Using back-button focus (BBF) on your Canon camera
There are two ways to initiate (and lock) focus on your Canon DSLR
– using the shutter button, and / or
– using the AF-ON button on the back of the camera, near your thumb.
The AF-ON button can be set to be the only way to initiate focus, disallowing the shutter button from doing so. Depending on how you program your camera, the AF-ON button could allow you to trip your camera’s shutter independently of your focusing. Whether this is useful to you, (or perhaps even cause problems for you), depends on:
– your style of shooting, and
– the focusing mode that you use on your camera.
At some point, photographers who become frustrated with soft images, will look at solutions online on how to get crisply focused images. One of the pieces of advice that is often given, is to use “back-button focus”, rather than using the shutter button to initiate and lock focus. This may, or may not solve the problems they have.
As mentioned, you can initiate and lock focus with the:
– shutter button, and / or
– AF-ON button
How they affect you, will also depend on whether you tend to shoot in:
– Single mode, or
– Servo mode
Servo + AF-ON
Sport and action photographers will predominantly shoot in Servo mode. It makes sense because they most often shoot moving subjects. Then while they keep the AF-ON button pressed in, and while in Servo mode, the camera will attempt to track focus. In other words, the camera will continually refocus the lens to keep the subject in focus.
Now, the beauty of working this way, is that you can lock focus simply by not pressing the AF-ON button. If you’re doing a static portrait, you’d focus on your subject’s eyes, and then let go of the AF-ON button. Your focus is now locked.
This works beautifully for Sport photographers – they keep their camera in Servo mode, and then use the AF-ON button to track focus. The moment they photograph a static subject (or want to lock focus), they let go of the AF-ON button.
Servo mode is “Release Priority”. The camera’s shutter will fire, regardless of whether your subject is in focus or not.
There’s a downside to shooting in Servo mode and using the AF-ON button … your flash won’t emit the red AF-assist beam to help your camera focus. This is a real problem in low light events where you use flash. Your camera “thinks” it is in focus, and because it is release priority, the shutter will fire. And this is done in low light without the benefit of the AF-assist beam. This is a recipe for a lot of mis-focused images.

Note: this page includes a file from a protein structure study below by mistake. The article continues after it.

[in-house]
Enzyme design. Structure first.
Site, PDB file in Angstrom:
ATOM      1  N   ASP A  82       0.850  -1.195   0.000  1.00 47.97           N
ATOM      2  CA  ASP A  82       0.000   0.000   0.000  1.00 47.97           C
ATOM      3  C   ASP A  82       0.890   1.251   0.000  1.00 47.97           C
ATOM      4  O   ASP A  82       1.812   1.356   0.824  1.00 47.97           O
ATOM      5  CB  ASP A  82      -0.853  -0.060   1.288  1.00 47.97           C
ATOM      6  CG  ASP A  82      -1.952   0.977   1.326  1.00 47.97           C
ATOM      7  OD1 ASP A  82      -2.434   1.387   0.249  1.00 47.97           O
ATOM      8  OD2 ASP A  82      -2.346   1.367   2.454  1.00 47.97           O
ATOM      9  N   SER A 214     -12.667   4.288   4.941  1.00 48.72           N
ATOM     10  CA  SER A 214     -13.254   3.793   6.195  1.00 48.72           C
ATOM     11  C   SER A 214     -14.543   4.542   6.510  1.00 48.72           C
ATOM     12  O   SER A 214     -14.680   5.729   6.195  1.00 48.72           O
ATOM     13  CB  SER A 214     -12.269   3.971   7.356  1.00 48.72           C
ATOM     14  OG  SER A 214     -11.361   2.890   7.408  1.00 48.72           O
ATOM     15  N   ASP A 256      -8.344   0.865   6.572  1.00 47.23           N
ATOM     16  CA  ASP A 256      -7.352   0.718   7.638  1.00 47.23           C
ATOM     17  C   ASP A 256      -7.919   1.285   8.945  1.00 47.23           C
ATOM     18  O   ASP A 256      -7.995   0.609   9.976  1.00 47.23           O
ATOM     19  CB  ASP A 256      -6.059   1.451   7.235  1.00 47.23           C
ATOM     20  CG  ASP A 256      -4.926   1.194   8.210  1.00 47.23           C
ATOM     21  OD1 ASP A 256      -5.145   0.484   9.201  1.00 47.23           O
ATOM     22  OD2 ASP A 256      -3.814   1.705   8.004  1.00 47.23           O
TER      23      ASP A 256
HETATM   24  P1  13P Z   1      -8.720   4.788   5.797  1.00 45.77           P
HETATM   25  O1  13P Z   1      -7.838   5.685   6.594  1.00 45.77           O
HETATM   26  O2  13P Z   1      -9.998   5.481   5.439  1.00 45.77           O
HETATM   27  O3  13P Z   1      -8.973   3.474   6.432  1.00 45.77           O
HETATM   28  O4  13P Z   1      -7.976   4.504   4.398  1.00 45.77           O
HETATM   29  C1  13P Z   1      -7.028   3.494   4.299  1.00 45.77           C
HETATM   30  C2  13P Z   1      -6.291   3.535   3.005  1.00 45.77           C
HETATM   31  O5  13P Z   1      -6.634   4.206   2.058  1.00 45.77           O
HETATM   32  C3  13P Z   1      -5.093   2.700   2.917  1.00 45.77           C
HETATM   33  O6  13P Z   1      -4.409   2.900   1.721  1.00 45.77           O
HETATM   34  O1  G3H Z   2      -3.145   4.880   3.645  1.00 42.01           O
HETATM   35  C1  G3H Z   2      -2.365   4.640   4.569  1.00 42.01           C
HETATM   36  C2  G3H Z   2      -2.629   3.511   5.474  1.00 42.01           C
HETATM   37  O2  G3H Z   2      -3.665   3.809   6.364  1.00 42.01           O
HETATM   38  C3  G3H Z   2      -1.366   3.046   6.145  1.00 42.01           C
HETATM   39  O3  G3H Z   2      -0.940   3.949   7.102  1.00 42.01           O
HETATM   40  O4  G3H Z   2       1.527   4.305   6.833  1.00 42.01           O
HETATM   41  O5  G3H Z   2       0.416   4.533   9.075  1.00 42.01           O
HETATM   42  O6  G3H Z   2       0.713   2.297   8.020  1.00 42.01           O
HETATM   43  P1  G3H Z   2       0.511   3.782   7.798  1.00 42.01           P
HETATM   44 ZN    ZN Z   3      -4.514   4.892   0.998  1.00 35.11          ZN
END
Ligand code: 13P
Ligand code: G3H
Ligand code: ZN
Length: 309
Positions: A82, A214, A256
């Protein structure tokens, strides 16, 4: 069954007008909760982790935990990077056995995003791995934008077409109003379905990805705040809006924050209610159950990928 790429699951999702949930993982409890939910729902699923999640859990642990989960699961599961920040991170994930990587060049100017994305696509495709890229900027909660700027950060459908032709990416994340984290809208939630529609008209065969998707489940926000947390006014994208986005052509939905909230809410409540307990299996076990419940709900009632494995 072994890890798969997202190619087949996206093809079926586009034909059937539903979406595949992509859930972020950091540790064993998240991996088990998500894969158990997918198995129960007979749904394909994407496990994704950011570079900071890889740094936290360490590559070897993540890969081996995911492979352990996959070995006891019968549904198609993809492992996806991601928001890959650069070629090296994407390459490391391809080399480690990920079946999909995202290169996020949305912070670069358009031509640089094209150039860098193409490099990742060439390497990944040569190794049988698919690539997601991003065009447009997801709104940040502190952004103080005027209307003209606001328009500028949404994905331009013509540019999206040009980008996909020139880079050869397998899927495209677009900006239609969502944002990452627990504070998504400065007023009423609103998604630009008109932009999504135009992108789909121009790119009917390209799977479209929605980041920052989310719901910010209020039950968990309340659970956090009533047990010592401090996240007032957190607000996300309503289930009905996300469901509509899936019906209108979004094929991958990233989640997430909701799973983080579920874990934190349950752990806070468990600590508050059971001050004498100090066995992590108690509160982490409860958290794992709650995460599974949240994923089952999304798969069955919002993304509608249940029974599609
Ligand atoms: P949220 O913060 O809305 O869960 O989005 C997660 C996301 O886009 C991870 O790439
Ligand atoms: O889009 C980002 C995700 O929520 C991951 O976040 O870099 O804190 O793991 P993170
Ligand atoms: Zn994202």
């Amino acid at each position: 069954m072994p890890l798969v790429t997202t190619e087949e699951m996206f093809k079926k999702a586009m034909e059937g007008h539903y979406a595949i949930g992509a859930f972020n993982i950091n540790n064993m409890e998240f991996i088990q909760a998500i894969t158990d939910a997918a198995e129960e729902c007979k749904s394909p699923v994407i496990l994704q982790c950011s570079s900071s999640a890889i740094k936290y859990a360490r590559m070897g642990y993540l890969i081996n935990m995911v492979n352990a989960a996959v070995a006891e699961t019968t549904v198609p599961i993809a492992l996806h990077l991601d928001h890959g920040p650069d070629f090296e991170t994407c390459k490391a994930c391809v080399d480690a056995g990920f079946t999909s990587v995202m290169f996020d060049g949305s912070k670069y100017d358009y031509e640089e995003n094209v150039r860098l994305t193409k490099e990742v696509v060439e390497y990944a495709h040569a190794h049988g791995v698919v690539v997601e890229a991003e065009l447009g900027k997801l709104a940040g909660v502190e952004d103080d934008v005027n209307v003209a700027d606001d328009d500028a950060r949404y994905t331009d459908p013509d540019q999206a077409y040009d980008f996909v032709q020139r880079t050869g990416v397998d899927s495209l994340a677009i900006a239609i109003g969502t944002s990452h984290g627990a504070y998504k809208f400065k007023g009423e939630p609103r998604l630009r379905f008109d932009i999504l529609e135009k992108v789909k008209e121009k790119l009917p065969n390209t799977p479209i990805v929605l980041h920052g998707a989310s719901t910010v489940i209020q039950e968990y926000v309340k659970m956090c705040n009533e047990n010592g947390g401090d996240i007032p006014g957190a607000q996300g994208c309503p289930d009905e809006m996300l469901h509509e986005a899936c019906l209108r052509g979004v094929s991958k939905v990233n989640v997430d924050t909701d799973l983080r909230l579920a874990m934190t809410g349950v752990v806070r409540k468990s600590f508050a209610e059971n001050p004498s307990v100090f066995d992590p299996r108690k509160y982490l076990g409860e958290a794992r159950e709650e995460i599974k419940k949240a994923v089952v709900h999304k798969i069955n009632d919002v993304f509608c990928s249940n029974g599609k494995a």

With Servo + AF-ON, the camera might have a tendency to keep hunting for focus in low contrast scenarios, often enough resulting in slightly mis-focused images when you trip the shutter while the camera isn’t accurately focused.
Single + AF-ON
This works in a similar way to Servo + AF-ON, with this exception: In Servo mode, the camera will continue to refocus while the AF-ON button is pressed. With Single + AF-ON, the camera will focus, and then once it is in focus, stop refocusing.
Now, if you let go of the AF-ON button, it will essentially lock focus. (The shutter button now doesn’t refocus the camera.)
In Single + AF-ON mode, the camera will make sure to lock focus before confirming that it is focused via the green dot in the viewfinder. (With Servo + AF-ON, the camera could keep refocusing, potentially giving you slightly mis-focused images.
With Single + AF-ON, the speedlite will emit the red AF-assist beam, giving you a better rate of success when focusing in low light.
Back-Button Focus and me
After decades of shooting with the shutter button as the way to acquire focus, I haven’t been able adapt to using the AF-ON button. I therefore use the shutter button to acquire and lock focus.
Ultimately, if you’re exploring the BBF option, you have to see which method works for you. If you’re a sport or action photographer, then using the BBF method with Servo mode, makes a lot of sense.
About the choice of using Servo or Single mode – since I mostly shoot events and use flash, Single focus mode is what works best for me. I need that AF-assist light from the speedlite. I need that.
How to set BBF on the Canon 5D mark II.
(It is very similar on all the Canon D-SLRs)
Custom Function IV – 1
Options 0 and 1, will allow the shutter button to initiate AF.
Options 2n and 3, will not allow the shutter button to initiate AF – so this now means only the AF-ON button can start the AF.
Custom Function IV – 2
This allows the * button (AE lock), to swap function with the AF-ON button. Whichever is more ergonomic for you.